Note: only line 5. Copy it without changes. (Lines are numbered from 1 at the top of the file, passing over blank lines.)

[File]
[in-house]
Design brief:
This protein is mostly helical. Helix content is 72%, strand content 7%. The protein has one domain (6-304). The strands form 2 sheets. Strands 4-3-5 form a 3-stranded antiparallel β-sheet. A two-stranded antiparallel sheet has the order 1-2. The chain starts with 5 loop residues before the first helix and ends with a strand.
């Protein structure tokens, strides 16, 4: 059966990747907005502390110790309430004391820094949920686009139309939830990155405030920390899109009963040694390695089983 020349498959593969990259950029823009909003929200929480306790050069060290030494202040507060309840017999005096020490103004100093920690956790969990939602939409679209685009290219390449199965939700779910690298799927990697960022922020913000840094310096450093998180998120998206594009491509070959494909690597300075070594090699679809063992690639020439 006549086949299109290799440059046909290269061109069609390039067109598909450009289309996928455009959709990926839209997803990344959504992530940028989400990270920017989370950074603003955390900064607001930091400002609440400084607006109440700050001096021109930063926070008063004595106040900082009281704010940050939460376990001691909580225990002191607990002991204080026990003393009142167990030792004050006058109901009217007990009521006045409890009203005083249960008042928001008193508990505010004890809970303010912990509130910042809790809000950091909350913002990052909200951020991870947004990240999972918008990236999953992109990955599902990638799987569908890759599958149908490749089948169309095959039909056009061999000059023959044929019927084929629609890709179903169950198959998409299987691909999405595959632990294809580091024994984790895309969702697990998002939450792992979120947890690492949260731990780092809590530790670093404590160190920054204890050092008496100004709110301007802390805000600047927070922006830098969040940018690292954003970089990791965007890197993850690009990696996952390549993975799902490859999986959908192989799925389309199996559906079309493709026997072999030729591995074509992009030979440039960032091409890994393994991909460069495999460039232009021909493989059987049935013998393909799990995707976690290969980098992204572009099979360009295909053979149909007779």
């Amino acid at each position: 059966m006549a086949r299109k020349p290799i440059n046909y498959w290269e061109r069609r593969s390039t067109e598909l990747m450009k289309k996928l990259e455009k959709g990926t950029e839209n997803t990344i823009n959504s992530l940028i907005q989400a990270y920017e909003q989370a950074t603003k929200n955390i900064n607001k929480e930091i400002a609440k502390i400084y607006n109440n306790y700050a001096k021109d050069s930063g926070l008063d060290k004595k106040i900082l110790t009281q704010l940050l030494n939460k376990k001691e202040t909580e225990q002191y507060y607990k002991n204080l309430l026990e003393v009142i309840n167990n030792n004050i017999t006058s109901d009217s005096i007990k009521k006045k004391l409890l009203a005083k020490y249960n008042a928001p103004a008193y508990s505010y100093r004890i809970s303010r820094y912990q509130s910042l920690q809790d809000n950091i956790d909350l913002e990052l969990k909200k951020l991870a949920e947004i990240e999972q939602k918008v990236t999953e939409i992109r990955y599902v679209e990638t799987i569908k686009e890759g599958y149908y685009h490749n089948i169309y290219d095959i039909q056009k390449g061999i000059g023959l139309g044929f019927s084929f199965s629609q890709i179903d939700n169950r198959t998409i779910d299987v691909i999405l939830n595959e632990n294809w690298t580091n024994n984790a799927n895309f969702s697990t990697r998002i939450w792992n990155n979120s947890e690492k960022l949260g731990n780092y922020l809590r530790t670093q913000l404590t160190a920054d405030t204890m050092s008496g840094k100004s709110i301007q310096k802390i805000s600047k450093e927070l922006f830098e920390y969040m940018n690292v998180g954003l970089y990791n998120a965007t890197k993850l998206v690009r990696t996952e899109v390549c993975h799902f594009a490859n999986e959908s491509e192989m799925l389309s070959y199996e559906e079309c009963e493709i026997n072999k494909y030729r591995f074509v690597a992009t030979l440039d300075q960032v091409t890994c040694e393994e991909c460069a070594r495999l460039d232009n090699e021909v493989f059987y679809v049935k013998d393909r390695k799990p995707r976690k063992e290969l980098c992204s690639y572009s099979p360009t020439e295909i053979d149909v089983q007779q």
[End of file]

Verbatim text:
């Amino acid at each position: 059966m006549a086949r299109k020349p290799i440059n046909y498959w290269e061109r069609r593969s390039t067109e598909l990747m450009k289309k996928l990259e455009k959709g990926t950029e839209n997803t990344i823009n959504s992530l940028i907005q989400a990270y920017e909003q989370a950074t603003k929200n955390i900064n607001k929480e930091i400002a609440k502390i400084y607006n109440n306790y700050a001096k021109d050069s930063g926070l008063d060290k004595k106040i900082l110790t009281q704010l940050l030494n939460k376990k001691e202040t909580e225990q002191y507060y607990k002991n204080l309430l026990e003393v009142i309840n167990n030792n004050i017999t006058s109901d009217s005096i007990k009521k006045k004391l409890l009203a005083k020490y249960n008042a928001p103004a008193y508990s505010y100093r004890i809970s303010r820094y912990q509130s910042l920690q809790d809000n950091i956790d909350l913002e990052l969990k909200k951020l991870a949920e947004i990240e999972q939602k918008v990236t999953e939409i992109r990955y599902v679209e990638t799987i569908k686009e890759g599958y149908y685009h490749n089948i169309y290219d095959i039909q056009k390449g061999i000059g023959l139309g044929f019927s084929f199965s629609q890709i179903d939700n169950r198959t998409i779910d299987v691909i999405l939830n595959e632990n294809w690298t580091n024994n984790a799927n895309f969702s697990t990697r998002i939450w792992n990155n979120s947890e690492k960022l949260g731990n780092y922020l809590r530790t670093q913000l404590t160190a920054d405030t204890m050092s008496g840094k100004s709110i301007q310096k802390i805000s600047k450093e927070l922006f830098e920390y969040m940018n690292v998180g954003l970089y990791n998120a965007t890197k993850l998206v690009r990696t996952e899109v390549c993975h799902f594009a490859n999986e959908s491509e192989m799925l389309s070959y199996e559906e079309c009963e493709i026997n072999k494909y030729r591995f074509v690597a992009t030979l440039d300075q960032v091409t890994c040694e393994e991909c460069a070594r495999l460039d232009n090699e021909v493989f059987y679809v049935k013998d393909r390695k799990p995707r976690k063992e290969l980098c992204s690639y572009s099979p360009t020439e295909i053979d149909v089983q007779q």